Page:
Feds: Here’s Another HUGE Problem With Green Energy


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Andrew Follett Energy and Science Reporter
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Green energy is so unreliable and intermittent that it could wreck the power grid, according to industry and government experts.

The U.S. Federal Energy Regulatory Commission (FERC) is currently investigating how green energy undermines the reliability of the electrical grid. FERC believe there is a “significant risk” of electricity in the United States becoming unreliable because “wind and solar don’t offer the services the shuttered coal plants provided.” Environmental regulations could make operating coal or natural gas power plant unprofitable, which could compromise the reliability of the entire power grid.

“The intermittency of renewable sources of electricity is already threatening reliability in Britain,” Myron Ebell, director of the Center for Energy and Environment at the libertarian Competitive Enterprise Institute, told The Daily Caller News Foundation. ” This is because there are so many windmills that conventional power plants are being closed as uneconomic and so when the wind doesn’t blow there is not adequate backup power available.  To avoid blackouts, the government is now paying large sums to have several hundred big diesel generators on standby. If this sounds crazy, it is. ”

Britain plans to shut down 1.5 gigawatts of electrical capacity from the UK’s power grid. Emergency measures have already been taken to keep the lights on, but official analysis suggests there could be insufficient electricity on a windless day. The unreliability of green energy sources isn’t limited to Britain. The U.S. is also attempting to integrate green energy into the power grid, and it is already undermining reliability and is a huge disruption.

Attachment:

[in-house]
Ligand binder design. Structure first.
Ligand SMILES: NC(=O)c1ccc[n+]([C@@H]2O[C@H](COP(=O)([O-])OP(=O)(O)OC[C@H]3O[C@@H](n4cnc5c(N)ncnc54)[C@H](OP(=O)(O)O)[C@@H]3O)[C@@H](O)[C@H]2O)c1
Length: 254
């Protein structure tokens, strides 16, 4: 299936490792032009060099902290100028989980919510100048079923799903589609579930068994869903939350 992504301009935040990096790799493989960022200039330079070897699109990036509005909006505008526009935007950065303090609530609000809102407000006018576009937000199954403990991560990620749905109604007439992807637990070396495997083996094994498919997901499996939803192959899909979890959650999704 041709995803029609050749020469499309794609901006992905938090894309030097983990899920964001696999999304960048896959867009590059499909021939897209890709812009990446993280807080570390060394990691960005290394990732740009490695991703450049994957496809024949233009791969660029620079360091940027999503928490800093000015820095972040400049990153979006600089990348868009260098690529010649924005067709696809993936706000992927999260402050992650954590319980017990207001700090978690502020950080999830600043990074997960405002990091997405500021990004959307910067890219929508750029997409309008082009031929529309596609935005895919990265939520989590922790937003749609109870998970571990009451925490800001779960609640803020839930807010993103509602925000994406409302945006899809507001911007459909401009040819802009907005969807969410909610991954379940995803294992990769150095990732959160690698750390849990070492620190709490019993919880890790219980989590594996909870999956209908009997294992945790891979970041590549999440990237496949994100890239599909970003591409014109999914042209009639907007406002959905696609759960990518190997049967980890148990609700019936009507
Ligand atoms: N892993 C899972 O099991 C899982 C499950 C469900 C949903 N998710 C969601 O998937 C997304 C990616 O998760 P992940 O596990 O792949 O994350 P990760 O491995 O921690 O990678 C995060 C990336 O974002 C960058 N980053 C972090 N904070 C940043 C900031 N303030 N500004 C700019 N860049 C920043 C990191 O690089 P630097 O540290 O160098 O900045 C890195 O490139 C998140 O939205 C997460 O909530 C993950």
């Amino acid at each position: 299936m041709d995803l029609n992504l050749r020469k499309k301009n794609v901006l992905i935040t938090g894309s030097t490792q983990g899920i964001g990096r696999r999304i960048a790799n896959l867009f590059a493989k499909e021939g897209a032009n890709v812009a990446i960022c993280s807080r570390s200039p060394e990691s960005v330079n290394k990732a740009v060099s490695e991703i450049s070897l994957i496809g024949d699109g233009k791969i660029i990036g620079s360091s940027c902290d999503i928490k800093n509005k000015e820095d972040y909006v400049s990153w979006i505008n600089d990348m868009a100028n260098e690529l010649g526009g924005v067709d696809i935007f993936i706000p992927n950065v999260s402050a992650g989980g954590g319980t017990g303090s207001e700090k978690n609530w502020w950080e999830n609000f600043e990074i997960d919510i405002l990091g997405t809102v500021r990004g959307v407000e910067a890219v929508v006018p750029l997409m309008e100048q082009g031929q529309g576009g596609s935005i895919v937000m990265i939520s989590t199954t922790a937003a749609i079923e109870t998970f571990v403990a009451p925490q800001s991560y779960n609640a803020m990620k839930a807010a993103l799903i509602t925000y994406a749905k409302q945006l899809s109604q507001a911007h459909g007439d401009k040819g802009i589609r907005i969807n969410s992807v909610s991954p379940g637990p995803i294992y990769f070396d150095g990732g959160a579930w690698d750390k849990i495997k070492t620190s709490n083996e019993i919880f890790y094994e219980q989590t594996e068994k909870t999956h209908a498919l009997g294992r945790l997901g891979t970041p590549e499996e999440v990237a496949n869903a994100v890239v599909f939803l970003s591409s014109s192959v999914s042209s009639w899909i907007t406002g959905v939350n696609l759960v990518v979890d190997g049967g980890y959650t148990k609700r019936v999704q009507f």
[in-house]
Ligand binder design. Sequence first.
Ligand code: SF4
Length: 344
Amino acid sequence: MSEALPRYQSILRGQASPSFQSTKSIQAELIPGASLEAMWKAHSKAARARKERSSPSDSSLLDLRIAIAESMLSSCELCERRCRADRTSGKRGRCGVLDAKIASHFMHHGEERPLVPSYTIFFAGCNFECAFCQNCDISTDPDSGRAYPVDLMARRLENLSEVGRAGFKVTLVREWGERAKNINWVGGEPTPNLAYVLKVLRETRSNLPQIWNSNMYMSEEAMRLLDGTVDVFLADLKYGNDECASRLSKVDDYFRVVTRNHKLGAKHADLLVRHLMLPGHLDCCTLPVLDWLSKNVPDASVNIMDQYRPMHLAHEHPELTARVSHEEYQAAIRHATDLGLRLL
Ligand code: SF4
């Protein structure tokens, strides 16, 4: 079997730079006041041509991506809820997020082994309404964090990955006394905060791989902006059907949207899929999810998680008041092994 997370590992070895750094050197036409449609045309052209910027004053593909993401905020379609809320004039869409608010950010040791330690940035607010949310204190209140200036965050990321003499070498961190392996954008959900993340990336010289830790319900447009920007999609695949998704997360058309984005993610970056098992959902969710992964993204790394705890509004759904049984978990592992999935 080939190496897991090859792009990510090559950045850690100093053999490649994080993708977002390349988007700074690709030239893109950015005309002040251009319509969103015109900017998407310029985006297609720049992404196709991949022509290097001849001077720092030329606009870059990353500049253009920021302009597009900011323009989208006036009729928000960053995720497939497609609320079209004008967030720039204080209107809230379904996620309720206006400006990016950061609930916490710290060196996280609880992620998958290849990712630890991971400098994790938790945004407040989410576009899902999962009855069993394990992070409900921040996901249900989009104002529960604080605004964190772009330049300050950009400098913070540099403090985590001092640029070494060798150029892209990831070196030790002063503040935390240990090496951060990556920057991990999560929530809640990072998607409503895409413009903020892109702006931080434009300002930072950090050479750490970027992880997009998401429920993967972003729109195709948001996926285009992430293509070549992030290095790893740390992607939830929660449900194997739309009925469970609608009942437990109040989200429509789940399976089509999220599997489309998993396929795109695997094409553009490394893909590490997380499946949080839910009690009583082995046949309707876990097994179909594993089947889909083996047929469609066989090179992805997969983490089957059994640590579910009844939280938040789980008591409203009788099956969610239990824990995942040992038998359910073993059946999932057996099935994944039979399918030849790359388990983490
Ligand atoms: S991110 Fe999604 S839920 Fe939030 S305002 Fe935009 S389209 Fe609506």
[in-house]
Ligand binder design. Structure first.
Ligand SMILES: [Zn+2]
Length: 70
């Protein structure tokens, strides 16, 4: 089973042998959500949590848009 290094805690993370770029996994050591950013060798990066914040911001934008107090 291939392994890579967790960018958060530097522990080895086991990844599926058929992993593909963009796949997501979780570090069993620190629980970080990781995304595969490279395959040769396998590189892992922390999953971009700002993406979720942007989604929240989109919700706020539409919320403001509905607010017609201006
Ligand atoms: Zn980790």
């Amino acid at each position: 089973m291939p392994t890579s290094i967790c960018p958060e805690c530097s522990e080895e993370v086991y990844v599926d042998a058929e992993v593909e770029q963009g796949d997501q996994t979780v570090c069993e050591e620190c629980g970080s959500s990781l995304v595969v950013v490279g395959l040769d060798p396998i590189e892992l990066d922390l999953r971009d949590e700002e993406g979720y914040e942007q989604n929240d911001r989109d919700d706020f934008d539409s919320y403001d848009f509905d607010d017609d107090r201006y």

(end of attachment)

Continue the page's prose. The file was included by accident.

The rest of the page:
“If you continue going down this route, you’re going to have significant challenges in managing disturbances,” John Moura, director of reliability assessment at the North American Electric Reliability Corp, told EnergyWire Monday.

Solar and wind power systems require conventional backups to provide power, because they do not generate electricity at times when it is most needed. Since the output of solar and wind plants cannot be predicted with high accuracy by forecasts, grid operators have to keep excess reserve running just in case.

Natural gas, coal-fired, or nuclear plants are not simple machines and can require days to fully turn on from a dead stop. This means that solar and wind power need to be backed up by conventional sources in “stand-by” mode to ensure reliability.

In order for the power grid to function, demand for energy must exactly match supply. Power demand is relatively predictable and conventional power plans, like nuclear plants and natural gas, can adjust output accordingly.  Solar and wind power, however, cannot easily adjust output. Peak power demand also occurs in the evenings, when solar power is going offline. Adding green power, which only provide power at intermittent and unpredictable times, makes the power grid more fragile.

Wind and solar also run the risk of producing too much power which can overload and fry the power grid. This is why electrical companies will occasionally pay consumers to take electricity.

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